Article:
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"Suits" isn't custom, but it's tailor made for USA

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"Suits" (10 tonight, USA) is one of those shows that you've seen before, but you might enjoy anyway.

Indeed, you've probably seen it on USA; plot-wise it's kin to "Burn Notice," "White Collar" and "Covert Affairs" (it shares that last show's two executive producers).

Like those shows, "Suits" is the story of a nice guy stuck in a bad situation; Mike Ross (Patrick J. Adams) is bright and has the ability to remember anything he reads. Still, because of bad choices, he's reduced to making money by taking tests for those who aren't as smart. Meanwhile, Harvey Specter (Gabriel Macht) is a wealthy, arrogant attorney, who will close a deal by any means necessary. He's about to make senior partner, much to the chagrin of his nemesis Louis (Rick Hoffman).

The two meet in a fairly ridiculous way: Desperate for money to help his granny, Mike agrees to deliver drugs for a friend and ends up running from the cops right into interviews Harvey is hosting in search of a new associate. Mike impresses Harvey who hires him even though the company's policy is only to hire Harvard grads.

We have to go through all of that so that Louis can be suspicious of Harvey and Mike, and Harvey and Mike have something to lose as the reluctant buddies learn from each other. Harvey doesn't believe in caring about clients, Mike desperately does. We love it when men evolve!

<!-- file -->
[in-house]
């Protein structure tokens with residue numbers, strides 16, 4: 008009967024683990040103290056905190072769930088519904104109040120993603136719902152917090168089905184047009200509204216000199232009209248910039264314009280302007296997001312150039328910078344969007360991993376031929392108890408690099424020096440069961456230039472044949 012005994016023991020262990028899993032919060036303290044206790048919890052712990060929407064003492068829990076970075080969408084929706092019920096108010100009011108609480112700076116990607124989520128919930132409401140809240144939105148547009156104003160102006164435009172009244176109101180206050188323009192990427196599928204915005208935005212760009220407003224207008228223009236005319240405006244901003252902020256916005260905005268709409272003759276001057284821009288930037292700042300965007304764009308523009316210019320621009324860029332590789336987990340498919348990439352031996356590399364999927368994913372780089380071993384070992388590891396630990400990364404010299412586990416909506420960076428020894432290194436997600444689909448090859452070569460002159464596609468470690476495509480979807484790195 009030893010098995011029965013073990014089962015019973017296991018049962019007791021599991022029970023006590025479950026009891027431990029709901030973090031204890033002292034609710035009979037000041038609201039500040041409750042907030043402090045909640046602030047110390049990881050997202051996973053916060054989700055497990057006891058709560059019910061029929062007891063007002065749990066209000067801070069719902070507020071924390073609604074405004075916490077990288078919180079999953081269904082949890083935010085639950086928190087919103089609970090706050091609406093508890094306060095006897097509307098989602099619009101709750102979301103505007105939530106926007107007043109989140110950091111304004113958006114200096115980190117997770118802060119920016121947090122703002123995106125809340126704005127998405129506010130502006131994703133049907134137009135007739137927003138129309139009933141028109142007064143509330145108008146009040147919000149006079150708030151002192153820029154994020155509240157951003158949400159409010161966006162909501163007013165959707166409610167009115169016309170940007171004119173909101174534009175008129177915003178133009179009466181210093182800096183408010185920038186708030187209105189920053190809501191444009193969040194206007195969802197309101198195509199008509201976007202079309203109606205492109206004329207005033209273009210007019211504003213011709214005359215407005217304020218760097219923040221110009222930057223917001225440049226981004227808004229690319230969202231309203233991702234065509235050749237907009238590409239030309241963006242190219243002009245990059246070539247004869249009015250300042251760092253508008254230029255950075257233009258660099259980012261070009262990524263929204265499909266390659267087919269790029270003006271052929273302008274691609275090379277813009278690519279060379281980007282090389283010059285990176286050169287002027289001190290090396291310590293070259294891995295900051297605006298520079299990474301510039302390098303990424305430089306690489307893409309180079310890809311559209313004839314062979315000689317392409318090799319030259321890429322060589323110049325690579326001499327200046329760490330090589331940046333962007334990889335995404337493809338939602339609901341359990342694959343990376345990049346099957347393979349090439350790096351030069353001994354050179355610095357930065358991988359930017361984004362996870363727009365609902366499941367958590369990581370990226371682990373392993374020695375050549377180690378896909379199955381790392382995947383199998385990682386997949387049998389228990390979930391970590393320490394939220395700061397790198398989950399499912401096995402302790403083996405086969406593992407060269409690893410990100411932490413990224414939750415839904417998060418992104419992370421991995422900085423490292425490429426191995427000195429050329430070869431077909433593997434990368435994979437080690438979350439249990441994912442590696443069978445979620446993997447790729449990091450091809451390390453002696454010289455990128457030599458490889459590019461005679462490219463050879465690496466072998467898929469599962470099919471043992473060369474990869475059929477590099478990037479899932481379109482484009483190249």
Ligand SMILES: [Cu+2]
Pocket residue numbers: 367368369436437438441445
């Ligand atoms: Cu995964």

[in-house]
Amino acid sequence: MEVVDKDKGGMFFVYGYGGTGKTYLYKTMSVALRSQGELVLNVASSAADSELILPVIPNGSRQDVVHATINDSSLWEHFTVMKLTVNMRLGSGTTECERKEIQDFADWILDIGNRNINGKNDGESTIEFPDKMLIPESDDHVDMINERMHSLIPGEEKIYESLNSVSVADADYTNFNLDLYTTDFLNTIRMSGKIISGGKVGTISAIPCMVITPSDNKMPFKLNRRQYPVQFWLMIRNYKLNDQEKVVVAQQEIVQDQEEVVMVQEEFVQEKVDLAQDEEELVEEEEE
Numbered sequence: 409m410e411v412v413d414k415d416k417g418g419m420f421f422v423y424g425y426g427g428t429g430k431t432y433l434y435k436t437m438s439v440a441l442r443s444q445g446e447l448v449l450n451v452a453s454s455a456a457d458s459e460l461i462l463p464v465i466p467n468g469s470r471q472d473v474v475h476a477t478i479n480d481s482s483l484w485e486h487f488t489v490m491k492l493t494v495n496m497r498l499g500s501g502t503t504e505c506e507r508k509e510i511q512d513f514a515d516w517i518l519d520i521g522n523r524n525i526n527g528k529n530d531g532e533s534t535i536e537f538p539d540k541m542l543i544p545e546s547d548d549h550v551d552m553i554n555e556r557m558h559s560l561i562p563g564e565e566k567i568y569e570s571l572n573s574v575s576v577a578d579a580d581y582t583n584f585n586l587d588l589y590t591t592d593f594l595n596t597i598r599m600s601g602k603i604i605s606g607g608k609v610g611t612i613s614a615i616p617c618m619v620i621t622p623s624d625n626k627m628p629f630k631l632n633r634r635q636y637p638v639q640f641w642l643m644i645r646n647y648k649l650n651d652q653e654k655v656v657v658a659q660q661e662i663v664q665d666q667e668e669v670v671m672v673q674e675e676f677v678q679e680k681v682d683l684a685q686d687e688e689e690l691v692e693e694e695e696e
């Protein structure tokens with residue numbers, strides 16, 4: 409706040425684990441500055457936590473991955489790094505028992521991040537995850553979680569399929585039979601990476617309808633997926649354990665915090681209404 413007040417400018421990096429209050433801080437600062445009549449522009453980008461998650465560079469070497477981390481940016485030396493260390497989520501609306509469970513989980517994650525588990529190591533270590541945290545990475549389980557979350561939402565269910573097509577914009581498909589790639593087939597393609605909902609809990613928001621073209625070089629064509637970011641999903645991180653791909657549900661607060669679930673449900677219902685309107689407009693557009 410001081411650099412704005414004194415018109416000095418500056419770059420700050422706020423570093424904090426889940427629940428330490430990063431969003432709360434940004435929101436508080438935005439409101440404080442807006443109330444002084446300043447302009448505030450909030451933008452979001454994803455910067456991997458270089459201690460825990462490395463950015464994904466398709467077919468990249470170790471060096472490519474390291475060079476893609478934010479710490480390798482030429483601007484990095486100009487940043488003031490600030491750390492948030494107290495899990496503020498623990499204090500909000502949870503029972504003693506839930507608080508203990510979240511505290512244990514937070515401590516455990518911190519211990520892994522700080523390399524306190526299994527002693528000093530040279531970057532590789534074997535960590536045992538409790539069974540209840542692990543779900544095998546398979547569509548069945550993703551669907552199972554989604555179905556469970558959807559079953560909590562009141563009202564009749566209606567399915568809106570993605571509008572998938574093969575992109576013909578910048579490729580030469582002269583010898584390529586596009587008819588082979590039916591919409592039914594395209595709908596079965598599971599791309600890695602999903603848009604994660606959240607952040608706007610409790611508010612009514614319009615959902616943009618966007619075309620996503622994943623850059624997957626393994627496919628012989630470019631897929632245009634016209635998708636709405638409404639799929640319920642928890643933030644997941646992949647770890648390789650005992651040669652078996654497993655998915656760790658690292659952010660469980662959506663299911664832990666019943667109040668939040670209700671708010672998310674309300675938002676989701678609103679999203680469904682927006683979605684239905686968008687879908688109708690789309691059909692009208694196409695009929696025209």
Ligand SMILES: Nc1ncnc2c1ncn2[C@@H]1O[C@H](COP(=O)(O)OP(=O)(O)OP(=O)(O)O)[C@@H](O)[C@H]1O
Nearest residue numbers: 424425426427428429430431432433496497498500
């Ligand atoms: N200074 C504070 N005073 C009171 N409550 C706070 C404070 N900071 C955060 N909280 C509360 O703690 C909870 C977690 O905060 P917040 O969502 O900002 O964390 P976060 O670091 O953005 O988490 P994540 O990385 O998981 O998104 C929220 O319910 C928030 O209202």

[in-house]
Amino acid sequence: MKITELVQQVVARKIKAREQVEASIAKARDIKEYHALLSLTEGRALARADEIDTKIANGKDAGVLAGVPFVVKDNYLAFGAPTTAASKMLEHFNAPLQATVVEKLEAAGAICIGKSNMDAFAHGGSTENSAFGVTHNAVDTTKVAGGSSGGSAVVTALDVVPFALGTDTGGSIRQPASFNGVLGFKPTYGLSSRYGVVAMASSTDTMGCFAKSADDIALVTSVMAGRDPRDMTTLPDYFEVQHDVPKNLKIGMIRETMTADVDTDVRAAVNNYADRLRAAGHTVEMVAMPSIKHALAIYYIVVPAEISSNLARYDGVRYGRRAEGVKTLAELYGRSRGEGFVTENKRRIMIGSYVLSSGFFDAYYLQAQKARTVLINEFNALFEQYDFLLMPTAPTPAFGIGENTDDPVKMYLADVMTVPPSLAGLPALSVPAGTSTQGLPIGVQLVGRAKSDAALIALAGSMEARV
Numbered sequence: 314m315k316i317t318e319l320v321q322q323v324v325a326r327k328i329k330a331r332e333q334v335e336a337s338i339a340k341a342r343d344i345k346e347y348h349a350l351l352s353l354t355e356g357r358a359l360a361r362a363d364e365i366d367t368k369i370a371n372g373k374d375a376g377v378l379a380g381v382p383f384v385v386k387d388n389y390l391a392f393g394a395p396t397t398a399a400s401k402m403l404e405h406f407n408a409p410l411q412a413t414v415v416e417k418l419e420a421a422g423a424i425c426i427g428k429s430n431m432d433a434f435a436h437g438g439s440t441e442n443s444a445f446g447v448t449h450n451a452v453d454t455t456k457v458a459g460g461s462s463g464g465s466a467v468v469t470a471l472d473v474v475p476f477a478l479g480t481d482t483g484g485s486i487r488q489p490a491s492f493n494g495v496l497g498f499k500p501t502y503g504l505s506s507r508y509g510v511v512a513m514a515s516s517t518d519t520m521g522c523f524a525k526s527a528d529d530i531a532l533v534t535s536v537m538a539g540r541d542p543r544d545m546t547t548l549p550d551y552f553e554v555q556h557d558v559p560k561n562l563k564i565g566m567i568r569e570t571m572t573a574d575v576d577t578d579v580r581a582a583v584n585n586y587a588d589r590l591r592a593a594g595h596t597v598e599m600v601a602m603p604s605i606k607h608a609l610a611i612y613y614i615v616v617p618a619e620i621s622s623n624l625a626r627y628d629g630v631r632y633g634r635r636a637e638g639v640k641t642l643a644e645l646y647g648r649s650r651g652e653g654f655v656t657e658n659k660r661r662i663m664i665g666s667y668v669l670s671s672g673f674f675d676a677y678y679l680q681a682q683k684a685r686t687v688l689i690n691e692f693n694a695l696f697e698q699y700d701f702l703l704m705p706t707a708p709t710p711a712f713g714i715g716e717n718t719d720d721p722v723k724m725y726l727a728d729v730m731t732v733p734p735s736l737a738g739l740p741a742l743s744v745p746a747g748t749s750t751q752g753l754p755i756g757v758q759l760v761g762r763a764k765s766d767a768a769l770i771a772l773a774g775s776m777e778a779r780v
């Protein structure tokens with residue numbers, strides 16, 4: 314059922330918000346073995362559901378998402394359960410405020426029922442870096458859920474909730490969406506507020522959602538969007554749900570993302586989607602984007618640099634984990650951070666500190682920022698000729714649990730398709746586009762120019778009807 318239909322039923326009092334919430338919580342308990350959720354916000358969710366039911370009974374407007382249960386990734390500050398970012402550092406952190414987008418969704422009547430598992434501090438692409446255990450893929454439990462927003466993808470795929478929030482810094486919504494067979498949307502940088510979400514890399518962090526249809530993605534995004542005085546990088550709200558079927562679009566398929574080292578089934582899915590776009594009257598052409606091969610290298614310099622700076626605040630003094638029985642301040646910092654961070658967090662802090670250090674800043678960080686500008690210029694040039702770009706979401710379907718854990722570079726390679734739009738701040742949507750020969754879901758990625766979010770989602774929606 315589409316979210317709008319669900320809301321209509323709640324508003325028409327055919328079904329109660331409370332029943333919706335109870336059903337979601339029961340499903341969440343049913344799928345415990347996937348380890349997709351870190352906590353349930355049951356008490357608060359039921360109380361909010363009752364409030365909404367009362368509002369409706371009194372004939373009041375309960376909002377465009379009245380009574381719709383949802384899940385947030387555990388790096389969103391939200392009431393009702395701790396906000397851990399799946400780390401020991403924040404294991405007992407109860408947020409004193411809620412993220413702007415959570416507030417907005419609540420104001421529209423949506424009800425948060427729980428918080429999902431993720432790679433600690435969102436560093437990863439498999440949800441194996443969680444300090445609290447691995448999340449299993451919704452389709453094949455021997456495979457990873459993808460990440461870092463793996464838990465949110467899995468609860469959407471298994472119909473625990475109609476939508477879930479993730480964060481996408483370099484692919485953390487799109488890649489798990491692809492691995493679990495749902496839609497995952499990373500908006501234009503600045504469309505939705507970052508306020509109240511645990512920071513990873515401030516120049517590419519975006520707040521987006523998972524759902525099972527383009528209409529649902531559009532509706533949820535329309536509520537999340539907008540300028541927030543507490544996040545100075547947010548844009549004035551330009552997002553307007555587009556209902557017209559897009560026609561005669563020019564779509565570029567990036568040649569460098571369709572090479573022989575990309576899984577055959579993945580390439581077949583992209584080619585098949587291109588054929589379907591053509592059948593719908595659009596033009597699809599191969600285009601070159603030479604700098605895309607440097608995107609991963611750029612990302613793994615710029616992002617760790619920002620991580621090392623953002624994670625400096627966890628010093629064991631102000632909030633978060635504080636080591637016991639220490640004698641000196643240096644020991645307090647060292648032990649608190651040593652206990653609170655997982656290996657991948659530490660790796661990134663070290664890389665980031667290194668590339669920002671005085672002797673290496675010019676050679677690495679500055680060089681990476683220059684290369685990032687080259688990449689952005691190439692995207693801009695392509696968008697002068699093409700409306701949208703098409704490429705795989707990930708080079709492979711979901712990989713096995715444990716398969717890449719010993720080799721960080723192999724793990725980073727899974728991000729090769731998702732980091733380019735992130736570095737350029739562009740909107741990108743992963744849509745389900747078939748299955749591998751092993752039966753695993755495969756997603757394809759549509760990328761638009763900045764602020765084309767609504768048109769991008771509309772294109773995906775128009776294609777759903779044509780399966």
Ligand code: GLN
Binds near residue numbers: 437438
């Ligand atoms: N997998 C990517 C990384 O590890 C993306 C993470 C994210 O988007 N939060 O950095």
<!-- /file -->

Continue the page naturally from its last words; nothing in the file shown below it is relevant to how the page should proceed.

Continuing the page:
"Suits" got a little sluggish in the last act, when the action switches from the set up of the characters to case at the center, but that might be because it's the pilot. Otherwise, it moves along at a nice clip. And the supporting cast is solid: Gina Torres plays the firm's managing partner, Sarah Rafferty is Harvey's assistant Donna, and Meghan Markle is Rachel, the firm's best paralegal, who shows all signs of being Mike's love interest, and because she's a bad test taker, a possible temptation to Mike returning to old habits.

So yes, "Suits" isn't original, but it has all the nice scenery, redemption, banter and nice clothes that have become a hallmark of USA shows. It fits nicely on the schedule.


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I liked it--a different legal show.  It's so much better than "Franklin and Bash", which looks like it came from "The Glades" School of Acting.

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About the blogger

Adrienne Johnson Martin would like to have her life turned into an animated cartoon. E-mail Adrienne.